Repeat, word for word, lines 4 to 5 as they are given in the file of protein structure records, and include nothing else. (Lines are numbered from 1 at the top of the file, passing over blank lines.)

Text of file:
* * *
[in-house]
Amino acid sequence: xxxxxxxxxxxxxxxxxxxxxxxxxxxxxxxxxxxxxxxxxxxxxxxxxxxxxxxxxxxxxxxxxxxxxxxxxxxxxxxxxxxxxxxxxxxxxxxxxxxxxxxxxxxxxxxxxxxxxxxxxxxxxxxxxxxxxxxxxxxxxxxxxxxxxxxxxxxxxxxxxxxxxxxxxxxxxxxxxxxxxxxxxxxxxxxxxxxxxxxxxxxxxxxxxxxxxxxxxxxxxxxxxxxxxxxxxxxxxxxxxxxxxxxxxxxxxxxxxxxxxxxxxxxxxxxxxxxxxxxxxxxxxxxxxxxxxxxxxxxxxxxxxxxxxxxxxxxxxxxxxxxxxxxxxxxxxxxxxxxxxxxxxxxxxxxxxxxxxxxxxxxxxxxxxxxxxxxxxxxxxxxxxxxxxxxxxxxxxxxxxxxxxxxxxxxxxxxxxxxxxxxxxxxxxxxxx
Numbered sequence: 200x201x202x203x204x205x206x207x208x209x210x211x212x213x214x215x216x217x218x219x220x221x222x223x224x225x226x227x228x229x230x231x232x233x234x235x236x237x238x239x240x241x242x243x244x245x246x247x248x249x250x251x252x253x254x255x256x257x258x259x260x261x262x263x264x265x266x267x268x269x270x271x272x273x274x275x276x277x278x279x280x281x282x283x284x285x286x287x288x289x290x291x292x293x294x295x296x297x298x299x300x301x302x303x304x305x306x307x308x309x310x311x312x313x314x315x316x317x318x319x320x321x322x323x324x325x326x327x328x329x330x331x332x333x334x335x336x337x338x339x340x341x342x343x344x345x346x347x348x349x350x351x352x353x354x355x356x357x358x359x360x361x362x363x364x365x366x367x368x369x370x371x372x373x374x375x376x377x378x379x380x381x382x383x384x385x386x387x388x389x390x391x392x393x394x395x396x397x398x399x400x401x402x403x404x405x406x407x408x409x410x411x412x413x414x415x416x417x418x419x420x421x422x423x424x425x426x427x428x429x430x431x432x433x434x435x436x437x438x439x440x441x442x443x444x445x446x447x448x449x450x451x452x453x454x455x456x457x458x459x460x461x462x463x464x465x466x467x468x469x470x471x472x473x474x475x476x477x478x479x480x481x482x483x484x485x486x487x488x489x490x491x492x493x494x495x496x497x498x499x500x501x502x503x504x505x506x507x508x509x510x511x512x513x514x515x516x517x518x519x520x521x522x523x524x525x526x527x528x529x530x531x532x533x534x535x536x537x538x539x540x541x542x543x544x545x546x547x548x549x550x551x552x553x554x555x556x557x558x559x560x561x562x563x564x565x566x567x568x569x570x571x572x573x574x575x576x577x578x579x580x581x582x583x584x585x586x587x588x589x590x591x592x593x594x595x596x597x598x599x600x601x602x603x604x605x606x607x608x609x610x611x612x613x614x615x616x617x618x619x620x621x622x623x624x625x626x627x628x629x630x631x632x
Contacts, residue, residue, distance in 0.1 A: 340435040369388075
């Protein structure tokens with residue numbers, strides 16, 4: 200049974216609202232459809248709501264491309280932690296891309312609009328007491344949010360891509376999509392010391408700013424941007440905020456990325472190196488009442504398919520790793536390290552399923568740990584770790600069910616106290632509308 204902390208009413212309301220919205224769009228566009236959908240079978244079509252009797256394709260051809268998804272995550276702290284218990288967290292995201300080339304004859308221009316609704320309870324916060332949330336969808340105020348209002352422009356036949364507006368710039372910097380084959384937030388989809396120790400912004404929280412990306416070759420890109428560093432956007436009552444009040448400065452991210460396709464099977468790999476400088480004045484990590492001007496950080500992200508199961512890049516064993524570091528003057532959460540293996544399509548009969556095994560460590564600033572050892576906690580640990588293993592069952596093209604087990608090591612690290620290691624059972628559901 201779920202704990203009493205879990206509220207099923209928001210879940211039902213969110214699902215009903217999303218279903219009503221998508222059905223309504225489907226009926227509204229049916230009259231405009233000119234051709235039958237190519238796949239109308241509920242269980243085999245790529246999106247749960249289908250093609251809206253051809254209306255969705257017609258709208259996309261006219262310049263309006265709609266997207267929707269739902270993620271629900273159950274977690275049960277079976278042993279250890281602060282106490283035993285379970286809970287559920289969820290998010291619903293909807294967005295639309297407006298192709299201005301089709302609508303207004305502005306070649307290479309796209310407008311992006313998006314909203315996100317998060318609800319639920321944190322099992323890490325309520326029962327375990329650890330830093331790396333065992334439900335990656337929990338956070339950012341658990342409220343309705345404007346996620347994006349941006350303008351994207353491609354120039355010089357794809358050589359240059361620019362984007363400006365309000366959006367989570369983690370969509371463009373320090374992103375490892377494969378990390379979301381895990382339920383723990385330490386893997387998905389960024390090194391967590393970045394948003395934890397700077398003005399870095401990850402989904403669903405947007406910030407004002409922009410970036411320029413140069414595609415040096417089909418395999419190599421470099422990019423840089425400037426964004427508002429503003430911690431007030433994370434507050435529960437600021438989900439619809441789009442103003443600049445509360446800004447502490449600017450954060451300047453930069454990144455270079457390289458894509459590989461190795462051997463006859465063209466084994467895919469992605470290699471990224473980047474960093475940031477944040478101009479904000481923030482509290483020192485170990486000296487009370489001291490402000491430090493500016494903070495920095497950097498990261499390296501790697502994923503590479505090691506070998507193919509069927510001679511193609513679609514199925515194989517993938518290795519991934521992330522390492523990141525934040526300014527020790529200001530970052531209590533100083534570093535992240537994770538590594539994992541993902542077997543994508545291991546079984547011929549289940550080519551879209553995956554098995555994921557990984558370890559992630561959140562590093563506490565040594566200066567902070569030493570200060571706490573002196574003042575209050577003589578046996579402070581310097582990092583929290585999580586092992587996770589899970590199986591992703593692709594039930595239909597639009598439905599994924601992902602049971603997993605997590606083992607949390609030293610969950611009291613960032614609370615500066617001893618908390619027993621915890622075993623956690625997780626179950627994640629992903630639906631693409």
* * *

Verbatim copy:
Contacts, residue, residue, distance in 0.1 A: 340435040369388075
């Protein structure tokens with residue numbers, strides 16, 4: 200049974216609202232459809248709501264491309280932690296891309312609009328007491344949010360891509376999509392010391408700013424941007440905020456990325472190196488009442504398919520790793536390290552399923568740990584770790600069910616106290632509308 204902390208009413212309301220919205224769009228566009236959908240079978244079509252009797256394709260051809268998804272995550276702290284218990288967290292995201300080339304004859308221009316609704320309870324916060332949330336969808340105020348209002352422009356036949364507006368710039372910097380084959384937030388989809396120790400912004404929280412990306416070759420890109428560093432956007436009552444009040448400065452991210460396709464099977468790999476400088480004045484990590492001007496950080500992200508199961512890049516064993524570091528003057532959460540293996544399509548009969556095994560460590564600033572050892576906690580640990588293993592069952596093209604087990608090591612690290620290691624059972628559901 201779920202704990203009493205879990206509220207099923209928001210879940211039902213969110214699902215009903217999303218279903219009503221998508222059905223309504225489907226009926227509204229049916230009259231405009233000119234051709235039958237190519238796949239109308241509920242269980243085999245790529246999106247749960249289908250093609251809206253051809254209306255969705257017609258709208259996309261006219262310049263309006265709609266997207267929707269739902270993620271629900273159950274977690275049960277079976278042993279250890281602060282106490283035993285379970286809970287559920289969820290998010291619903293909807294967005295639309297407006298192709299201005301089709302609508303207004305502005306070649307290479309796209310407008311992006313998006314909203315996100317998060318609800319639920321944190322099992323890490325309520326029962327375990329650890330830093331790396333065992334439900335990656337929990338956070339950012341658990342409220343309705345404007346996620347994006349941006350303008351994207353491609354120039355010089357794809358050589359240059361620019362984007363400006365309000366959006367989570369983690370969509371463009373320090374992103375490892377494969378990390379979301381895990382339920383723990385330490386893997387998905389960024390090194391967590393970045394948003395934890397700077398003005399870095401990850402989904403669903405947007406910030407004002409922009410970036411320029413140069414595609415040096417089909418395999419190599421470099422990019423840089425400037426964004427508002429503003430911690431007030433994370434507050435529960437600021438989900439619809441789009442103003443600049445509360446800004447502490449600017450954060451300047453930069454990144455270079457390289458894509459590989461190795462051997463006859465063209466084994467895919469992605470290699471990224473980047474960093475940031477944040478101009479904000481923030482509290483020192485170990486000296487009370489001291490402000491430090493500016494903070495920095497950097498990261499390296501790697502994923503590479505090691506070998507193919509069927510001679511193609513679609514199925515194989517993938518290795519991934521992330522390492523990141525934040526300014527020790529200001530970052531209590533100083534570093535992240537994770538590594539994992541993902542077997543994508545291991546079984547011929549289940550080519551879209553995956554098995555994921557990984558370890559992630561959140562590093563506490565040594566200066567902070569030493570200060571706490573002196574003042575209050577003589578046996579402070581310097582990092583929290585999580586092992587996770589899970590199986591992703593692709594039930595239909597639009598439905599994924601992902602049971603997993605997590606083992607949390609030293610969950611009291613960032614609370615500066617001893618908390619027993621915890622075993623956690625997780626179950627994640629992903630639906631693409």